Paper

International Journal of Obesity (2003) 27, 1037–1043. doi:10.1038/sj.ijo.0802369

Acylation stimulating protein stimulates insulin secretion

B Ahrén1, P J Havel2, G Pacini3 and K Cianflone4

  1. 1Department of Medicine, Lund University, Lund, Sweden
  2. 2Department of Nutrition, University of California, Davis, Ca, USA
  3. 3Metabolic Unit, Institute of Biomedical Engineering, ISIB-CNR, Padua, Italy
  4. 4Mike Rosenbloom Laboratory for Cardiovascular Research, Medicine, McGill University, Montreal, Quebec, Canada

Correspondence: Dr B Ahrén, Department of Medicine, Lund University, B11 BMC, SE-221 84 Lund, Sweden. E-mail: Bo.Ahren@med.lu.se

Received 9 December 2002; Revised 20 March 2003; Accepted 3 April 2003.

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Abstract

Acylation stimulating protein (ASP) is a hormone produced by adipocytes and is of importance for the storage of energy as fat. We examined whether ASP might also have effects on islet function. In clonal INS-1 cells, ASP dose-dependently augmented glucose-stimulated insulin secretion. The lowest effective dose of ASP at 10 mmol/l glucose was 5 mumol/l. The effect was glucose-dependent because ASP did not increase insulin secretion at 1 mmol/l glucose but had clear effect at 10 and 20 mmol/l glucose. Similarly, ASP augmented glyceraldehyde-induced insulin secretion but the hormone did not enhance insulin secretion in response to depolarization by 20 mmol/l of KCl. ASP-induced insulin secretion was completely abolished by competitive inhibition of glucose phosphorylation by glucokinase with 5-thio-glucose and was partially inhibited by the calcium channel blocker, nifedipine, and by the protein kinase C inhibitor, GF109203. Furthermore, thapsigargin, an inhibitor of Ca2+-ATPase in the endoplasmic reticulum, did not affect ASP-induced insulin secretion. ASP (>5 mumol/l) also augmented glucose-stimulated insulin secretion from islets isolated from C57BL/6J mice, and intravenous administration of ASP (50 nmol/kg) augmented the acute (1 and 5 min) insulin response to intravenous glucose (1 g/kg) in C57BL/6J mice. This was accompanied by an increased rate of glucose disposal. Minimal model analyses of data derived from the intravenous glucose tolerance test revealed that whereas ASP augmented insulin secretion, the hormone did not affect insulin sensitivity (SI) or glucose effectiveness (SG). We conclude that ASP augments glucose-stimulated insulin secretion through a direct action on the islet beta cells. The effect is dependent on glucose phosphorylation, calcium uptake and protein kinase C. Stimulation of insulin secretion by ASP in vivo results in augmented glucose disposal.

Keywords:

acylation stimulating protein, ASP, insulin secretion, insulin sensitivity, INS cells, in vivo, mice

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Introduction

During recent years, it has become evident that adipocytes express and secrete a number of hormones involved in the regulation of energy and substrate metabolism including leptin, adiponectin, resistin and acylation stimulating protein (ASP).1,2,3 ASP is a 8.9 kDa hormone produced in the adipocytes through an interaction of complement factor C3 with factor B and factor D (also called adipsin), which results in the formation of C3a-des-Arg, also called ASP.4 ASP is released into the circulation and has been shown to augment triglyceride synthesis and storage in adipocytes in combination with stimulation of glucose uptake and diacylglycerol acyltransferase and inhibition of hormone-sensitive lipase via phosphodiesterase.5,6,7 This would suggest that ASP contributes to the storage of energy as lipids. Such a function is supported by data indicating that ASP administration increases triglyceride clearance from plasma,8 and that ASP-deficient (C3-/-) mice exhibit delayed postprandial lipid clearance, reduced adipose tissue depots and are resistant to obesity induced by high-fat diet.9,10 Involvement by ASP in the regulation of energy storage is also supported by reports that plasma levels of ASP are increased in obesity 11 and reduced in fasting 12 and in postobese women.13 Adipose tissue release of ASP increases postprandially, with a peak release observed at 4–5 h after meal ingestion, although circulating levels remain constant.14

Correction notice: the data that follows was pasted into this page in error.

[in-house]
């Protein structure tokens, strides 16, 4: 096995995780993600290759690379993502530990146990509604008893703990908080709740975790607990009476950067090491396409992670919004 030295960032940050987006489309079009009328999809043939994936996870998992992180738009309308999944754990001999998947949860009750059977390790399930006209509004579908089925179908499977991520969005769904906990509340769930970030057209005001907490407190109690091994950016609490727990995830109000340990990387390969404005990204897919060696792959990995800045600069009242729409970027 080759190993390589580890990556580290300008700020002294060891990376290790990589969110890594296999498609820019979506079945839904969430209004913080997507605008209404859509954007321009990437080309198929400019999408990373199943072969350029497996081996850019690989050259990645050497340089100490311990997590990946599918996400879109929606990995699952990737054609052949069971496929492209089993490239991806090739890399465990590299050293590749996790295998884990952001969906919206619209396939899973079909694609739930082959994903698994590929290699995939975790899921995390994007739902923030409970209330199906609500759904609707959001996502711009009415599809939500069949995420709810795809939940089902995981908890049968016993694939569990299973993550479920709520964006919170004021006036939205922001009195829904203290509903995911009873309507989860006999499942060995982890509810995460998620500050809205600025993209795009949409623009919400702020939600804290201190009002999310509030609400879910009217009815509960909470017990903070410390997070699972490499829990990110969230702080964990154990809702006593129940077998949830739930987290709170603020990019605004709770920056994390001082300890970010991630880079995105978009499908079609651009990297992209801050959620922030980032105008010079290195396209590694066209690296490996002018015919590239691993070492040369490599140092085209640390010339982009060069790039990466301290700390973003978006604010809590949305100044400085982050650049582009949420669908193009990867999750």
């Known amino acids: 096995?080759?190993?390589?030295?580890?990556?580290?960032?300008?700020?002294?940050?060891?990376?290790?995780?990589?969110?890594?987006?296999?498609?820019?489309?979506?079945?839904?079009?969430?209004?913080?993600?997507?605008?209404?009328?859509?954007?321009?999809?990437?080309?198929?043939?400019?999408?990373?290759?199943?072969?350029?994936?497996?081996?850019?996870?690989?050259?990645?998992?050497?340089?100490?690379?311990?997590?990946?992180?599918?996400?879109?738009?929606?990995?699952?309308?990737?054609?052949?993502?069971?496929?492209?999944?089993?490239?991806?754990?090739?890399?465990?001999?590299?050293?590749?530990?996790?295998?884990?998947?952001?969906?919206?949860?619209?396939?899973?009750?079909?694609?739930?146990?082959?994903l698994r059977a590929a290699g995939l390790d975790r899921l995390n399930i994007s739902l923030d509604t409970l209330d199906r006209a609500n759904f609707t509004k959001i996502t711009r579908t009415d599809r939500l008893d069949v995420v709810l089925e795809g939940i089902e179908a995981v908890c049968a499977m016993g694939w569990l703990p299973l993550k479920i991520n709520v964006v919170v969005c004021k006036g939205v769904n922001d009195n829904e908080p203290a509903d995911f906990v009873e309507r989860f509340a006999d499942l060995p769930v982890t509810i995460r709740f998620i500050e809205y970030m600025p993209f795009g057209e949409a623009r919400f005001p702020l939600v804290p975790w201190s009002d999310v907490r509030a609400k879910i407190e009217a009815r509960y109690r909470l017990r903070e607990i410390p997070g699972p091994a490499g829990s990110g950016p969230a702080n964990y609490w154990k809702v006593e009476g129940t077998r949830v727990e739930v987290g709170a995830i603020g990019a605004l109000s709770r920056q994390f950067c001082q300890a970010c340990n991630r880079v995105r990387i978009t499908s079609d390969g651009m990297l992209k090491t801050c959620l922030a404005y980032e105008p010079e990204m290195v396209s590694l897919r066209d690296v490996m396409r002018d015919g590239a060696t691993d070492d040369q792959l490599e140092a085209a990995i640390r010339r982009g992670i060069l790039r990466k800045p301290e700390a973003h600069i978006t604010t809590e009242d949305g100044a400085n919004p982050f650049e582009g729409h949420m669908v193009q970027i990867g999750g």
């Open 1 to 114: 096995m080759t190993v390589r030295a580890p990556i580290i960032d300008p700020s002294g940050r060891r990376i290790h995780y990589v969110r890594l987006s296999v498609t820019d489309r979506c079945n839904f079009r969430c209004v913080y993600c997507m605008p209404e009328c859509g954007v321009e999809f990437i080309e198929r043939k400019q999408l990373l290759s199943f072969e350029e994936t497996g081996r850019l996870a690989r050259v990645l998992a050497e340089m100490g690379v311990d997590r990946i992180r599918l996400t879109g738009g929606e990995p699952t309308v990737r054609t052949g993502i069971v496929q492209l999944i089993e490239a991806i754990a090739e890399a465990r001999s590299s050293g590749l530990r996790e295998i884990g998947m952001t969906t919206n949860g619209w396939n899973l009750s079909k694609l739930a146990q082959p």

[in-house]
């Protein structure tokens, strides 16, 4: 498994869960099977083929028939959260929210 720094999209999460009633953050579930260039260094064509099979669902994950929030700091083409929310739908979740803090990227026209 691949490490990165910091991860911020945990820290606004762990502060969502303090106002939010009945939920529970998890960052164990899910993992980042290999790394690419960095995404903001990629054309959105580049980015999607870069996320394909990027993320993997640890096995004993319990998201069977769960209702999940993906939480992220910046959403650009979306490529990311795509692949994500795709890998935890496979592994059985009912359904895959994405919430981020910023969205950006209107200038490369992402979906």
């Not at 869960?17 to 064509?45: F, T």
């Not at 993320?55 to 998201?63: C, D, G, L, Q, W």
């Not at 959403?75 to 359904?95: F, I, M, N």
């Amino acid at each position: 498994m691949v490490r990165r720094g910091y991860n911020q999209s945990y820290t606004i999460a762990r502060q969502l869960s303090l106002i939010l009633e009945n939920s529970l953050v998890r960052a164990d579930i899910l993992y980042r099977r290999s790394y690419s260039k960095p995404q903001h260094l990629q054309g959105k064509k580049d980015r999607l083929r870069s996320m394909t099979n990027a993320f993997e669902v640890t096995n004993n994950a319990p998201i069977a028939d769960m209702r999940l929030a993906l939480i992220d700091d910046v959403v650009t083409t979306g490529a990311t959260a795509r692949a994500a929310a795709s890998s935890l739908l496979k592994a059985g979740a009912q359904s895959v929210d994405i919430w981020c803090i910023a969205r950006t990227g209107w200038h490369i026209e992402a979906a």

Whether ASP is involved in the regulation of glucose homeostasis is not known. ASP-deficient mice exhibit reduced fasting insulin levels and improved glucose tolerance.9 This would suggest that ASP reduces insulin sensitivity. This idea is supported by a study in humans showing that plasma ASP correlates inversely to glucose disposal during a euglycemic clamp,15 although this finding was not reproduced in a subsequent study.16 An effect of ASP to reduce insulin sensitivity could be explained by its action to increase triglyceride storage, because intracellular lipid accumulation in some tissues including liver and muscle is associated with reduced insulin sensitivity.17,18 In the present study, we have examined the direct effect of ASP on insulin secretion in vitro in insulin-producing clonal INS-1 cells and in isolated mouse islets. In addition, the effects of ASP on insulin secretion were examined in vivo in C57BL/6J mice along with the influences of ASP on insulin sensitivity and on glucose disposal.

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Methods

Studies in INS-1 cells

INS-1 cells (kindly provided by Dr C Wollheim, Geneva, Switzerland) were cultured in plastic flasks ar 37° C in 5% CO2/95% air in RPMI medium supplemented with 50 mumol/l mercaptoethanol (GIBCO BRL, Paisley, UK), 2.06 mmol/l L-gluthamine (Life Technologies, Täby, Sweden), 10% fetal bovine serum, 100 U/ml penicillin and 2.5 mug/ml amphotericin B (all from Kebo Laboratory, Spånga, Sweden). The cells were divided after 7 days (about 75% confluence), washed twice in a HEPES medium containing (in mmol/l) 125 NaCl, 5.9 KCl, 1.28 CaCl2, 1.2 MgCl2, 25 Hepes and 0.1% bovine serum albumin (pH 7.36). In studies on insulin secretion, cells were preincubated for 30 min at 37°C in 200 mul of the medium supplemented with 1 mmol/l glucose. Thereafter, the cells were incubated for 60 min in the medium supplemented with glucose, glyceraldehyde, nifedipine, GF109203, thapsigargin with or without addition of ASP according to the protocols. Following the incubation, 150 mul of the medium were removed and centrifuged at 350 times g for 5 min, whereafter aliquots of 50 mul were saved at -20°C until analysis. GF109203 was purchased from Biomol. Res. Labs., Plymoth Meeting, PA, USA. ASP was prepared as described previously 19 and its purity (99%) was ascertained by ion spray mass spectrophotometry.20 Other substances and reagents were from Sigma Chemical Co., St Louis, MO, USA.